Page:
Robert Anderson Hoover of Nashville, Tennessee: the Father of Aerobatics

US troops of the 7th Army firing 81 mm mortars at Palermo.

He was among the world’s greatest pilots – despite suffering from severe air sickness.

Robert Anderson “Bob” Hoover was born on January 24, 1922, in Nashville, Tennessee where he grew up beneath a giant’s shadow. In 1927, Charles Augustus Lindbergh landed in France – becoming the first person to fly solo across the Atlantic Ocean. Everyone was talking about it.

Hoover became obsessed with planes. At age 15, he started a flying club at his school. He also got a job at a grocery store, earning $2 a day. It was enough to buy him 15-minute flying lessons at Nashville’s Berry Field (now the Metropolitan International Airport).

After his training, he hung around chatting with the pilots and learning as much as he could. He did not tell his parents as they were the cautious sort who would not even let him drive a car.

However, there was a problem – flying made him nauseous. To overcome the feeling, he banked, dived, rolled, and weaved. It took years. He taught himself as aerobatics was unknown at the time.


A Spitfire LF Mk IX, MH434 – Franck Cabrol – GNU/GFDL
A Spitfire LF Mk IX, MH434 – Franck Cabrol – GNU/GFDL

Hoover joined the Tennessee Air National Guard on his 18th birthday. On a flight, his instructor asked him to demonstrate a roll. It was a test to see if he would throw up or pass out. He did it so well his instructor asked him to repeat the move, which Hoover did perfectly.

He progressed to bigger planes but again encountered a problem. Hoover had learned to fly by feel and sight. Flying by instrumentation, however, was another thing entirely. He had to learn to fight his instincts and to trust the dials and other gauges on the aircraft.

In 1942 when Hoover was 20 years old he was sent to Britain in charge of 67 fighter pilots – but he was not permitted to fight. His skill with planes made him too valuable to risk in combat.

His first major assignment was flight testing in North Africa where he encountered still another problem. None of the locals at the assembly plant spoke English, and they lacked translators.

Hoover flew planes that burst into flames, failed to respond to controls, or did so in ways they were not supposed to. On the bright side, his understanding of mechanics and aviation principles increased immensely. He was the person the aviation experts went to for advice.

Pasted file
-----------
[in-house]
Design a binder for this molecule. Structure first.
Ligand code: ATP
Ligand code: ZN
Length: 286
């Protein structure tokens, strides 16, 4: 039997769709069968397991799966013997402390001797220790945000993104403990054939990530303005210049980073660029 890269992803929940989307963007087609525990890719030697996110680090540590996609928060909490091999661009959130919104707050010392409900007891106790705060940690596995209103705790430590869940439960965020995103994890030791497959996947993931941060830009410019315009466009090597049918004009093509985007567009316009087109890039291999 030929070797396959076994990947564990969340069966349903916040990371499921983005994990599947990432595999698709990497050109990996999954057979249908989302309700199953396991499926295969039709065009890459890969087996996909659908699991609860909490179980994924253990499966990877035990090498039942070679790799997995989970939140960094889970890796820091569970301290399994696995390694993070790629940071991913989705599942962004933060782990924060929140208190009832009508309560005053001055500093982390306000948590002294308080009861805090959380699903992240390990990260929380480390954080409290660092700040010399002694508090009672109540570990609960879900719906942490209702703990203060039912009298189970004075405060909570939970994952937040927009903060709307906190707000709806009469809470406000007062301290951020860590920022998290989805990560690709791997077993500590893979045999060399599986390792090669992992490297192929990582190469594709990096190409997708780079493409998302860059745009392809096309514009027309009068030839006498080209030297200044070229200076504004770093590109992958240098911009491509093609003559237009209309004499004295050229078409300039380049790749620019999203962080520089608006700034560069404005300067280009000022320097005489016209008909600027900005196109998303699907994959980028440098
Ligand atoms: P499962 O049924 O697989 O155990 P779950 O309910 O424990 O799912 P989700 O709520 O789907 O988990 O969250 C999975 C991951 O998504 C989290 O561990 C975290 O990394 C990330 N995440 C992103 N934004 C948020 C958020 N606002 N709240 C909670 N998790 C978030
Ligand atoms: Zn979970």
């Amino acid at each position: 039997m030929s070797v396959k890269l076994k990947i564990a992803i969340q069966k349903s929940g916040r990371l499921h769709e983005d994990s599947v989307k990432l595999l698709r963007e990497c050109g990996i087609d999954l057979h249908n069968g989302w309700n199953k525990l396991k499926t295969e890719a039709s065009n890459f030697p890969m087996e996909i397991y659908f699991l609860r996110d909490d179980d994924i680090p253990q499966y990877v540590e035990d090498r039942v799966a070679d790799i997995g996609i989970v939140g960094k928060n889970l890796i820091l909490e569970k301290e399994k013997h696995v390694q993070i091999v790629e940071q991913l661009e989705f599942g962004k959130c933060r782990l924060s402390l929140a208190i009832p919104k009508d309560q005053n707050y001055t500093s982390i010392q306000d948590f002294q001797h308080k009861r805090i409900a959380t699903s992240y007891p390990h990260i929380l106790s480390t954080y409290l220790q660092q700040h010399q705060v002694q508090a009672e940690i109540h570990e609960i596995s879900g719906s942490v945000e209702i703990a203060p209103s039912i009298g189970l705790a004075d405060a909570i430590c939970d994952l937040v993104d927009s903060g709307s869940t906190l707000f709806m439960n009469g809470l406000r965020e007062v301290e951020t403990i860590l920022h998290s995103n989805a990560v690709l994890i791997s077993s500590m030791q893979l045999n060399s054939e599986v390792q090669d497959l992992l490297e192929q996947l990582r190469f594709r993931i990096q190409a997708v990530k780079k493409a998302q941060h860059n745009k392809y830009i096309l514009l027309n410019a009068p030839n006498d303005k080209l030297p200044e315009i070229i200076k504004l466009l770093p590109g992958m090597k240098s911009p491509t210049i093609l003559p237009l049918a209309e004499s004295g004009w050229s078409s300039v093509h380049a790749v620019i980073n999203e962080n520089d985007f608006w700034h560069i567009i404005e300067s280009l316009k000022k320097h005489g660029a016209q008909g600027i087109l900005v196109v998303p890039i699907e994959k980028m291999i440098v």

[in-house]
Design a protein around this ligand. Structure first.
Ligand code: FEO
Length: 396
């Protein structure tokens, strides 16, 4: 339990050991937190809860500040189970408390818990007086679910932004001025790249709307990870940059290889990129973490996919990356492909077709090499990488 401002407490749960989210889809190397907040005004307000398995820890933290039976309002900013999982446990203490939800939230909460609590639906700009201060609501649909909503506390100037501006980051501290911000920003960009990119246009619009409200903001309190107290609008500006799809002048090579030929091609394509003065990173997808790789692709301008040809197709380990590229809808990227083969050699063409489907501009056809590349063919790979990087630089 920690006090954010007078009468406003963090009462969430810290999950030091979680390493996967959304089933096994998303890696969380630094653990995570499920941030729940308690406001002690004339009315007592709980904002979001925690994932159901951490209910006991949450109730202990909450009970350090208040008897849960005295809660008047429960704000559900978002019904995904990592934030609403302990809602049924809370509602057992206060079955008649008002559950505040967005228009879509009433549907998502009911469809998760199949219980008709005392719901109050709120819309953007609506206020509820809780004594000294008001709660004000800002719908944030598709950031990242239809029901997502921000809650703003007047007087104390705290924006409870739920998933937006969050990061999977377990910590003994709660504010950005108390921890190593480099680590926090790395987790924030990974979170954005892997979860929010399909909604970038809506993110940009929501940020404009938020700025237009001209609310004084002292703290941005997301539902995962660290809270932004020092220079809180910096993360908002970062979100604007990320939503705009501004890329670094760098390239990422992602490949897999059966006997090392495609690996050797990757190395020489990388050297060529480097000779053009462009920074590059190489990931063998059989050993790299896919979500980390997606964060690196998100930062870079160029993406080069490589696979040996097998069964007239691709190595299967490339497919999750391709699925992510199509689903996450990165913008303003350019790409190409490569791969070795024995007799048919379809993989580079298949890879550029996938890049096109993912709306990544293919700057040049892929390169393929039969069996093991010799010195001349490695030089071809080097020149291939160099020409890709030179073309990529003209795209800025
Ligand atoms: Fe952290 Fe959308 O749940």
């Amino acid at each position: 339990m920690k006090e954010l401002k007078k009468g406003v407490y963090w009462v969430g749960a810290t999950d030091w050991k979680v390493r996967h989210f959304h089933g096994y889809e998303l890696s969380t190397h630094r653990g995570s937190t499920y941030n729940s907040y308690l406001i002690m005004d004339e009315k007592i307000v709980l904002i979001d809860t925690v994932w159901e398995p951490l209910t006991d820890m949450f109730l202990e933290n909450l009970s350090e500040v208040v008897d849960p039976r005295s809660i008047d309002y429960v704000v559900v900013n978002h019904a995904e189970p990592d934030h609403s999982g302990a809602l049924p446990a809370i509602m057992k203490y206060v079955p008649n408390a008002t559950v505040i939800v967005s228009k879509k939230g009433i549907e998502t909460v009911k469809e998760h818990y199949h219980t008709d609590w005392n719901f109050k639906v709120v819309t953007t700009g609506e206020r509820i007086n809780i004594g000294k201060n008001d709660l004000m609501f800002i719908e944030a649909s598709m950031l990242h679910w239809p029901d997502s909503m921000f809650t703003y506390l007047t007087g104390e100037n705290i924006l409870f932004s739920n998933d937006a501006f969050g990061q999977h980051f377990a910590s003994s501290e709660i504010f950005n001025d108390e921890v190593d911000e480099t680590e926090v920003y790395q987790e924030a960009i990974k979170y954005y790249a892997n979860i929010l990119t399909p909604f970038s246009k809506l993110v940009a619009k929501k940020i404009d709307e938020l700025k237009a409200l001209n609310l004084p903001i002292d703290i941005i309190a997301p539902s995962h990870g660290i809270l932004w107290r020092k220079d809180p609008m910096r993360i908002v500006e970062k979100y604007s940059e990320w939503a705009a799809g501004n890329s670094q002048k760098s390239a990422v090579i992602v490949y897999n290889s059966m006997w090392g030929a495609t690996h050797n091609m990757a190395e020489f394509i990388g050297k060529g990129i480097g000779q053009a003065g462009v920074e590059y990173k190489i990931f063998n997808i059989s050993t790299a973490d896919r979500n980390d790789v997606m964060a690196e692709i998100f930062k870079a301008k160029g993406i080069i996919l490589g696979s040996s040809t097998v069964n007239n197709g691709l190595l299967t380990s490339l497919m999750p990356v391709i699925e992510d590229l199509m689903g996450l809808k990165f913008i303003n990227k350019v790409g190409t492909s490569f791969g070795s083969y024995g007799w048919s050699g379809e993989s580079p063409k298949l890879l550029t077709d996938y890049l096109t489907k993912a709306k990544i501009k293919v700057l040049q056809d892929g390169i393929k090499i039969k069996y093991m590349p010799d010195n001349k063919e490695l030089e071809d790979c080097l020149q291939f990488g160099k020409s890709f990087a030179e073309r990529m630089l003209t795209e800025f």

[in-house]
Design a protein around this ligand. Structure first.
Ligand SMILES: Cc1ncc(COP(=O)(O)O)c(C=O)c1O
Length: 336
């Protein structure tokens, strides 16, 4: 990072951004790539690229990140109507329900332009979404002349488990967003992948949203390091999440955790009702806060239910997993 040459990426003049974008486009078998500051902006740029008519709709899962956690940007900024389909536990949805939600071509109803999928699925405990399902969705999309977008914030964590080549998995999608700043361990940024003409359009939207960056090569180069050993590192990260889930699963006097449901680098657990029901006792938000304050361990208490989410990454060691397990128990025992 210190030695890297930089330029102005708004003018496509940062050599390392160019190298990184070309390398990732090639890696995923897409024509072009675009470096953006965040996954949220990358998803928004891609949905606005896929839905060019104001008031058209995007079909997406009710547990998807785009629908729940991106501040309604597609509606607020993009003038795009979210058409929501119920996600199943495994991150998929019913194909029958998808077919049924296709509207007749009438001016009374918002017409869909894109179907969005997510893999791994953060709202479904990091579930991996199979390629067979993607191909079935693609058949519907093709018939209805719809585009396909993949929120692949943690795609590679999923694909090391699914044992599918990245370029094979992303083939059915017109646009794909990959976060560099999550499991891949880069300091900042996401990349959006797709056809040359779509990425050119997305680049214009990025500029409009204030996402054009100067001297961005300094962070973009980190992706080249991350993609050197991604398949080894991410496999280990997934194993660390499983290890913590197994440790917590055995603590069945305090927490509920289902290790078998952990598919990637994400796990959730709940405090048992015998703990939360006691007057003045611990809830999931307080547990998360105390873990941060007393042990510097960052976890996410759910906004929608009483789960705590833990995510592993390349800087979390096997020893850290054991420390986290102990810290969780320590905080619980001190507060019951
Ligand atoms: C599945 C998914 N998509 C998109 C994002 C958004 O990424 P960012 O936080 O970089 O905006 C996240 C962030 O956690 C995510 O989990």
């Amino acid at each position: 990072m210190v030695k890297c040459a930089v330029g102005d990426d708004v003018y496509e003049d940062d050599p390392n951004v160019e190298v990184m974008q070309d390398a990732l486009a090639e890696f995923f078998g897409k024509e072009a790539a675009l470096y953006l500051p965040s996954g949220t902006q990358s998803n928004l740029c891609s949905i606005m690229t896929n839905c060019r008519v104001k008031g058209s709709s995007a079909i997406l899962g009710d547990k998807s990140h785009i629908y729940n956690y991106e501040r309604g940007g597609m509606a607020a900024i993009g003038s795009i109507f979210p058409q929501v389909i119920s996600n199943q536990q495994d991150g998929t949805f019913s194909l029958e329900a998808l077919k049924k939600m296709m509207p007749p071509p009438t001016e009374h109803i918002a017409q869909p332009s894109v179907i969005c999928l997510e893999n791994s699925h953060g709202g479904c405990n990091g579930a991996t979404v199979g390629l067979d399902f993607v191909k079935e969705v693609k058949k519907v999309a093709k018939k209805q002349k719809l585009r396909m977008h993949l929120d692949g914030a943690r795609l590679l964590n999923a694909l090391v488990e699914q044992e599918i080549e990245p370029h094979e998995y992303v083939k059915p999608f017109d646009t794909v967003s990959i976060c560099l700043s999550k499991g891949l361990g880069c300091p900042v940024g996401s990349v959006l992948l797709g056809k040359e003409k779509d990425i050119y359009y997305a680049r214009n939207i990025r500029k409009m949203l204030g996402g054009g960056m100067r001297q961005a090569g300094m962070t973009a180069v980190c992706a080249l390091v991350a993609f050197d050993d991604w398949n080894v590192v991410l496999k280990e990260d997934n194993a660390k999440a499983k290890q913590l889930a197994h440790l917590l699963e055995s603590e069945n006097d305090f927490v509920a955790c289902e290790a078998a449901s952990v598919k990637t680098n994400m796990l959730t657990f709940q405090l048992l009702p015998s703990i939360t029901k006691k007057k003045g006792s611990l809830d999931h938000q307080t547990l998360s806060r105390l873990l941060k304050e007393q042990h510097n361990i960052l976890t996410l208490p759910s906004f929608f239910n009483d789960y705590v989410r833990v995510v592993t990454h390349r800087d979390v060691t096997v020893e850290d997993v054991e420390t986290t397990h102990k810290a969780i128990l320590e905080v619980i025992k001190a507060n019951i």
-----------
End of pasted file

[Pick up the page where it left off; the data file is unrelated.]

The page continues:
Hoover wanted to be part of the action and spoke to General John Kenneth “Joe” Cannon – commander of the XII Bomber Command in Algeria. The general agreed to send Hoover to Italy. A month later, a clerk told Hoover the order had arrived, but the base commander had refused to act on it. Hoover went AWOL by flying to Palermo in Sicily. Fortunately, he was never court-martialed.

A German Focke-Wulf Fw 190.
A German Focke-Wulf Fw 190.

On February 9, 1944, Lieutenant Hoover of the 52nd Fighter Group USAAF led four Spitfires out of Corsica on their second mission. Earlier that day, they had sunk a German freighter off Savona Harbor in mainland Italy. They were hoping to do more damage but encountered four German Fw 190s.

Hoover shot one down and strafed another before he was hit. His plane ablaze, he bailed out and spent four hours in the water until a German Corvette rescued him. He was sent to Stalag Luft 1 POW camp in Germany.

He did not make a good prisoner and was often chucked into solitary confinement for his frequent escape attempts. Sometime in mid-April 1945, he escaped with two friends. To help them, the other inmates had staged a fight to distract the guards.

The prisoners had used a plank to bridge the fences around their camp, and then they split up. Hoover went to the nearby town of Barth and blended in with the locals fleeing the advance of the Soviet Army.

Hoover with the American test pilots in 1957.
Hoover with the American test pilots in 1957.

On the other side of town was an abandoned airfield and Hoover found a plane that was air-worthy. Flying west, he followed the coast looking for windmills as the Netherlands had been liberated. He was on his guard as the aircraft had bright swastikas on both sides and Allied planes patrolled the skies.

Hoover attending the launch of SpaceShipOne (the first private spaceflight) in 2004. D Ramey Logan – CC-BY SA 3.0
Hoover attending the launch of SpaceShipOne (the first private spaceflight) in 2004. D Ramey Logan – CC-BY SA 3.0

With the windmills finally in sight, Hoover landed in a field where angry Dutch farmers attacked him with pitchforks. Fortunately, he was rescued by British forces who had seen him land.

In 1947, Hoover flew the “chase plane” that followed Chuck Yeager when the latter broke the sound barrier. Not to be outdone, Hoover went on to set his own flight records, earning the Living Legends of Aviation Freedom of Flight Award and much more.

Shahan Russell

Shahan Russell is one of the authors writing for WAR HISTORY ONLINE